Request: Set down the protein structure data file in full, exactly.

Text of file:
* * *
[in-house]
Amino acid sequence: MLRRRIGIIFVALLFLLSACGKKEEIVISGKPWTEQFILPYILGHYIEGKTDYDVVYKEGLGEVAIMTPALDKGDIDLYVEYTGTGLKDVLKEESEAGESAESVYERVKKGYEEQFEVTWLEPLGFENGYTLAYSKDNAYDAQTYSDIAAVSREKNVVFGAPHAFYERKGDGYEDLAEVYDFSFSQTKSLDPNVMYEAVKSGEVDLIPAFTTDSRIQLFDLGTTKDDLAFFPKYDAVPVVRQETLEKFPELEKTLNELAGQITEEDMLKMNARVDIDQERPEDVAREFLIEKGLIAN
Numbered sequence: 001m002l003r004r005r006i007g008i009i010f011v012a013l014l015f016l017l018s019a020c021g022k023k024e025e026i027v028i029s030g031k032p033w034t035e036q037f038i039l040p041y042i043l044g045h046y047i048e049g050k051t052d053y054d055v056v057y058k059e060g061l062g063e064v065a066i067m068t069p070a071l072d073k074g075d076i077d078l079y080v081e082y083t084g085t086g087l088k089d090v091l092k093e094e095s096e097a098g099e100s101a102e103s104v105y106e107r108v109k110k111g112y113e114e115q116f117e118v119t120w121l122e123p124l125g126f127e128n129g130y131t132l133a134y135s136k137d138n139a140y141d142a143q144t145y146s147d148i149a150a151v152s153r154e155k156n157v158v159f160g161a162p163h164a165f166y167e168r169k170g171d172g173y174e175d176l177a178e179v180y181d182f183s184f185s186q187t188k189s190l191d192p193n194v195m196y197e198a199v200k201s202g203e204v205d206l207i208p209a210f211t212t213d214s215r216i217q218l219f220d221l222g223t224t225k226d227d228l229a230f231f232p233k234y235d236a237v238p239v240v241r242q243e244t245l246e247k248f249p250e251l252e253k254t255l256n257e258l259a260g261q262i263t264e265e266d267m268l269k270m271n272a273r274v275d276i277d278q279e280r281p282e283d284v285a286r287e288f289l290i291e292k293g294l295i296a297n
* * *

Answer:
[in-house]
Amino acid sequence: MLRRRIGIIFVALLFLLSACGKKEEIVISGKPWTEQFILPYILGHYIEGKTDYDVVYKEGLGEVAIMTPALDKGDIDLYVEYTGTGLKDVLKEESEAGESAESVYERVKKGYEEQFEVTWLEPLGFENGYTLAYSKDNAYDAQTYSDIAAVSREKNVVFGAPHAFYERKGDGYEDLAEVYDFSFSQTKSLDPNVMYEAVKSGEVDLIPAFTTDSRIQLFDLGTTKDDLAFFPKYDAVPVVRQETLEKFPELEKTLNELAGQITEEDMLKMNARVDIDQERPEDVAREFLIEKGLIAN
Numbered sequence: 001m002l003r004r005r006i007g008i009i010f011v012a013l014l015f016l017l018s019a020c021g022k023k024e025e026i027v028i029s030g031k032p033w034t035e036q037f038i039l040p041y042i043l044g045h046y047i048e049g050k051t052d053y054d055v056v057y058k059e060g061l062g063e064v065a066i067m068t069p070a071l072d073k074g075d076i077d078l079y080v081e082y083t084g085t086g087l088k089d090v091l092k093e094e095s096e097a098g099e100s101a102e103s104v105y106e107r108v109k110k111g112y113e114e115q116f117e118v119t120w121l122e123p124l125g126f127e128n129g130y131t132l133a134y135s136k137d138n139a140y141d142a143q144t145y146s147d148i149a150a151v152s153r154e155k156n157v158v159f160g161a162p163h164a165f166y167e168r169k170g171d172g173y174e175d176l177a178e179v180y181d182f183s184f185s186q187t188k189s190l191d192p193n194v195m196y197e198a199v200k201s202g203e204v205d206l207i208p209a210f211t212t213d214s215r216i217q218l219f220d221l222g223t224t225k226d227d228l229a230f231f232p233k234y235d236a237v238p239v240v241r242q243e244t245l246e247k248f249p250e251l252e253k254t255l256n257e258l259a260g261q262i263t264e265e266d267m268l269k270m271n272a273r274v275d276i277d278q279e280r281p282e283d284v285a286r287e288f289l290i291e292k293g294l295i296a297n